Fire Carves Path of Destruction Through Northern California


The blaze, known as the Pawnee Fire, has burned thousands of acres in Lake County, destroying more than 20 structures and forcing hundreds of evacuations.

The Pawnee Fire burning in Lake County, Calif., early Sunday.CreditJonathan Cox/Cal Fire, via Associated Press
Matt Stevens

The first explosive fire of the season roared across Northern California on Monday, scorching thousands of acres, razing several homes and forcing hundreds of residents to flee.

Named the Pawnee Fire, the blaze was so destructive that Gov. Jerry Brown declared a state of emergency as it continued to carve a path of devastation through Lake County — about 100 miles northwest of Sacramento — not yet contained after two days of burning.

By Monday afternoon, officials said, the inferno had charred more than 8,000 acres of mostly rural and sparsely populated land, destroying at least 22 buildings, threatening an additional 600, and forcing as many as 1,500 residents to scoop up their treasured belongings and seek safer shelter.

Lt. Corey Paulich, a spokesman for the Lake County Sheriff’s Office, said he believed about half of the destroyed structures were homes; the others were sheds, barns, garages and other outbuildings, he said.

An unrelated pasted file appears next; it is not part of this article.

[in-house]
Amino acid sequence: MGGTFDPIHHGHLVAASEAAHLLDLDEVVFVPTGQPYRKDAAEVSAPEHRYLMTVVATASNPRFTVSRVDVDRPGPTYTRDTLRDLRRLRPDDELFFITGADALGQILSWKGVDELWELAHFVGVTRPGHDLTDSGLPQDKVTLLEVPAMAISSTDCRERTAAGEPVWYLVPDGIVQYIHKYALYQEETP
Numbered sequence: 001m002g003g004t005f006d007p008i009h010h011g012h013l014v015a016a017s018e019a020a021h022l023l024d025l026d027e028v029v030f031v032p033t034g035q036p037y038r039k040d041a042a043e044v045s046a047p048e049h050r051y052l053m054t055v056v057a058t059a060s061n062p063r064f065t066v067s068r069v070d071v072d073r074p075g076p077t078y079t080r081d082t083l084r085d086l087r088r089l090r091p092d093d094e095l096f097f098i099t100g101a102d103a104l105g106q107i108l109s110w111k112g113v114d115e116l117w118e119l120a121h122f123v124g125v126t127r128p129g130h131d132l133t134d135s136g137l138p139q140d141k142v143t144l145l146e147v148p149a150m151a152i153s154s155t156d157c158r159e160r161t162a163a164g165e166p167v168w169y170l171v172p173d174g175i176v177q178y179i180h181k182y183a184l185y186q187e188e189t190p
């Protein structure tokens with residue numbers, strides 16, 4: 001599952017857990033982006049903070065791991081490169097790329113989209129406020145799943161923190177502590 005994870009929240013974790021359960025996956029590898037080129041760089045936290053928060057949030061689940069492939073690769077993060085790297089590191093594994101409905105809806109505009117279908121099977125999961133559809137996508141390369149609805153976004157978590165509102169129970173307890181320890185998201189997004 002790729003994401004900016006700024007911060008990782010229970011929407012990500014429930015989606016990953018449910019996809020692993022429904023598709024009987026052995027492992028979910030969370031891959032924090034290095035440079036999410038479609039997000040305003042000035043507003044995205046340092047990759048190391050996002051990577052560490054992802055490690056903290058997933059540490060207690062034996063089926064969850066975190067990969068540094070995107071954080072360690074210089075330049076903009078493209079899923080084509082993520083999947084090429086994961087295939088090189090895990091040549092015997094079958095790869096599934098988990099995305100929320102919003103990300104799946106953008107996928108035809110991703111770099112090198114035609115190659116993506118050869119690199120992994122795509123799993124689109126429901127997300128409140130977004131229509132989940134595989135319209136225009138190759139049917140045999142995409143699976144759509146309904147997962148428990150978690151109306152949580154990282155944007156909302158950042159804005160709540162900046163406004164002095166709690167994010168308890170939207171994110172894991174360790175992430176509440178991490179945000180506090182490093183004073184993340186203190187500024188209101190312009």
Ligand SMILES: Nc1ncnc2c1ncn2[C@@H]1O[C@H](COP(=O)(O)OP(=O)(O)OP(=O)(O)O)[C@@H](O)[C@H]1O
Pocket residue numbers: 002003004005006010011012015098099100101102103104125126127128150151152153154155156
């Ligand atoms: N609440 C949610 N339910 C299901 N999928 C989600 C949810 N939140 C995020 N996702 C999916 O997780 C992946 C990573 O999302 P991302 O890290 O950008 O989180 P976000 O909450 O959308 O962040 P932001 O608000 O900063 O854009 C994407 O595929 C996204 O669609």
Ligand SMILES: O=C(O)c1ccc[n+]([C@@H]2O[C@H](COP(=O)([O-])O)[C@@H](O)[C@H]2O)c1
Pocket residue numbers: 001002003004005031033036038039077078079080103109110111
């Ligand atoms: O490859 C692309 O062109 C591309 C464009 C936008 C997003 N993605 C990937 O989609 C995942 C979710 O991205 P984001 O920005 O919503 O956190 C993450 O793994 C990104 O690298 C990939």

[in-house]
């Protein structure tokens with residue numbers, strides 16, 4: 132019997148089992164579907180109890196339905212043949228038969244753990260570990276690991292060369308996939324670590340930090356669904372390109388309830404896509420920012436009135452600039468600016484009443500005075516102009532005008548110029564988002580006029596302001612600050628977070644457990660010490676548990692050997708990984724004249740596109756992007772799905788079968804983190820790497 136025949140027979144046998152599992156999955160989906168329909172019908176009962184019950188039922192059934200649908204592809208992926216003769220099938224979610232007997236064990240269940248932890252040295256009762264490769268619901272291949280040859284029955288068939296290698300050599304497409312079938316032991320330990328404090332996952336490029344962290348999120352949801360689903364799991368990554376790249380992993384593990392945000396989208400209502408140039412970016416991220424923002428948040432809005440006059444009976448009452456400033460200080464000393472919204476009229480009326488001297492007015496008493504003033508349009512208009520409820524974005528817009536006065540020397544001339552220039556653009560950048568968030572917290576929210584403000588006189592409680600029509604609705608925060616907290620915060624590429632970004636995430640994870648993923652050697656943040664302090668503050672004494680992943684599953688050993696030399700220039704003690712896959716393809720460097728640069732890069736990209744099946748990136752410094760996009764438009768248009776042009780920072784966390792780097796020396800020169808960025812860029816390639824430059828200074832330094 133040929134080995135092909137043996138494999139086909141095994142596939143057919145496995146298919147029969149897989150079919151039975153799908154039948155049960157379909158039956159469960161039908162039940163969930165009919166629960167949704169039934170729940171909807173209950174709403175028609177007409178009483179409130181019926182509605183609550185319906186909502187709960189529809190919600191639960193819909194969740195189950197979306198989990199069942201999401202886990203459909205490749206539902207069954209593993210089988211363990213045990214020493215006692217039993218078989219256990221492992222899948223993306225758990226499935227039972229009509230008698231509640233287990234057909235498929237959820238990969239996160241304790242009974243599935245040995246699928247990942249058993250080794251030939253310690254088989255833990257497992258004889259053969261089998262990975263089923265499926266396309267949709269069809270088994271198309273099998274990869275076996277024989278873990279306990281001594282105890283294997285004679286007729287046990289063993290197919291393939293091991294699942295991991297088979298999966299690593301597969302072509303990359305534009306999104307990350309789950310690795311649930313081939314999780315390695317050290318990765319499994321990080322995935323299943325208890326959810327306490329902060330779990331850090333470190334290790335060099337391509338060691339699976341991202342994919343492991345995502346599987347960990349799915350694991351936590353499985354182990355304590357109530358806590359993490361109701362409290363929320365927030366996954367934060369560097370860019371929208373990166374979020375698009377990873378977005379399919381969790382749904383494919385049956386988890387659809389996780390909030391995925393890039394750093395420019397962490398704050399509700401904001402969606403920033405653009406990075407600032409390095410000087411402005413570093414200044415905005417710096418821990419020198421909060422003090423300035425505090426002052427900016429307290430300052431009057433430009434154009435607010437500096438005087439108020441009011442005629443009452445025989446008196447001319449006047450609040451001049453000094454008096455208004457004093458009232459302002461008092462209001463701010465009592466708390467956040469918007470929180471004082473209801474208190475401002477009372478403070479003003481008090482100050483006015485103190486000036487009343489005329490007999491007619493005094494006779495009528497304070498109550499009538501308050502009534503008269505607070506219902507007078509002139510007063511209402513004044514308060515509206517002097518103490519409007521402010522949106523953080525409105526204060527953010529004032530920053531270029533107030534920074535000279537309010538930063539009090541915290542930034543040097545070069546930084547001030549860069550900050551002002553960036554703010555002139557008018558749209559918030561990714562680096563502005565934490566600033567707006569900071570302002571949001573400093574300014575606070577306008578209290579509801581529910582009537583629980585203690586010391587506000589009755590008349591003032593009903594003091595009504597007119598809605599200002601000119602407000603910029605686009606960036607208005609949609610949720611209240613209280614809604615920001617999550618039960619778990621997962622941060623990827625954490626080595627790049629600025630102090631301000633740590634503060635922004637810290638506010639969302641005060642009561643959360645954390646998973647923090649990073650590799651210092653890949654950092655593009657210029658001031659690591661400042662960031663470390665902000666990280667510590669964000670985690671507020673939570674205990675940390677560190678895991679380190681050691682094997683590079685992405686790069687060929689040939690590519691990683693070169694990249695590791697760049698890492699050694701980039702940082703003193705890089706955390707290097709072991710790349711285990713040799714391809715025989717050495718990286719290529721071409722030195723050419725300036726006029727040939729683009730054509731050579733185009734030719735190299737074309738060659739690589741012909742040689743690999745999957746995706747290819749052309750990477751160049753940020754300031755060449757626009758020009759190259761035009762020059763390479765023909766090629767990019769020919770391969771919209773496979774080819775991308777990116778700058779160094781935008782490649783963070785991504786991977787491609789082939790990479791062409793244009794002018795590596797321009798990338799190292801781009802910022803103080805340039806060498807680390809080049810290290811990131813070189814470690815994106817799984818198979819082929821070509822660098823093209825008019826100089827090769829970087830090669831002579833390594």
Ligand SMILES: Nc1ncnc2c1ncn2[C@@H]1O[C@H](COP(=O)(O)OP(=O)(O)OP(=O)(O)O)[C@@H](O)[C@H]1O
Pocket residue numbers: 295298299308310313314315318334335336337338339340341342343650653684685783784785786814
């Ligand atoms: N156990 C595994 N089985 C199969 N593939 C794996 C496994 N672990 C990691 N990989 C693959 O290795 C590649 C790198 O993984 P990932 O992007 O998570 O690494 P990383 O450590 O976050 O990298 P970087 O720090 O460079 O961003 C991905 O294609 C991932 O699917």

The cause of the fire was still under investigation, Cal Fire officials said.

“It’s still very dangerous, as most fires are,” said Scott McLean, a Cal Fire deputy chief. “There is still significant fire activity. Not today, not tomorrow, but in the next few days, we expect to see the fire containment figures start to rise.”

Image
The Pawnee Fire burning northeast of Clearlake Oaks, Calif., on Sunday.CreditJonathan Cox/Cal Fire, via Associated Press
A wind-driven wildfire in Spring Valley, Calif., destroyed buildings and threatened others Sunday as fires moved through dry brush in rural Northern California.CreditPaul Kitagaki Jr./The Sacramento Bee, via Associated Press

And although the Pawnee Fire was by far the largest and most alarming blaze, several smaller fires were spreading elsewhere in the state.

The Creek Fire, for example, had scorched about 1,300 acres by Monday in Shasta County — about 200 miles northeast of Lake County — forcing evacuations and closing roads there. The Lane Fire, which is burning between the other two, had consumed 3,000 acres and prompted an evacuation warning.

Mid-June is the beginning of the traditional fire season in California, though officials have long insisted that the season is now year-round.

Chief McLean said that of the more than 250 fires that ignited last week alone in his agency’s jurisdiction, 90 started over the weekend. The combination of high winds, heat and abundance of fuels — like dry brush, foliage and vegetation — that remain scattered throughout the region are likely to blame, he said.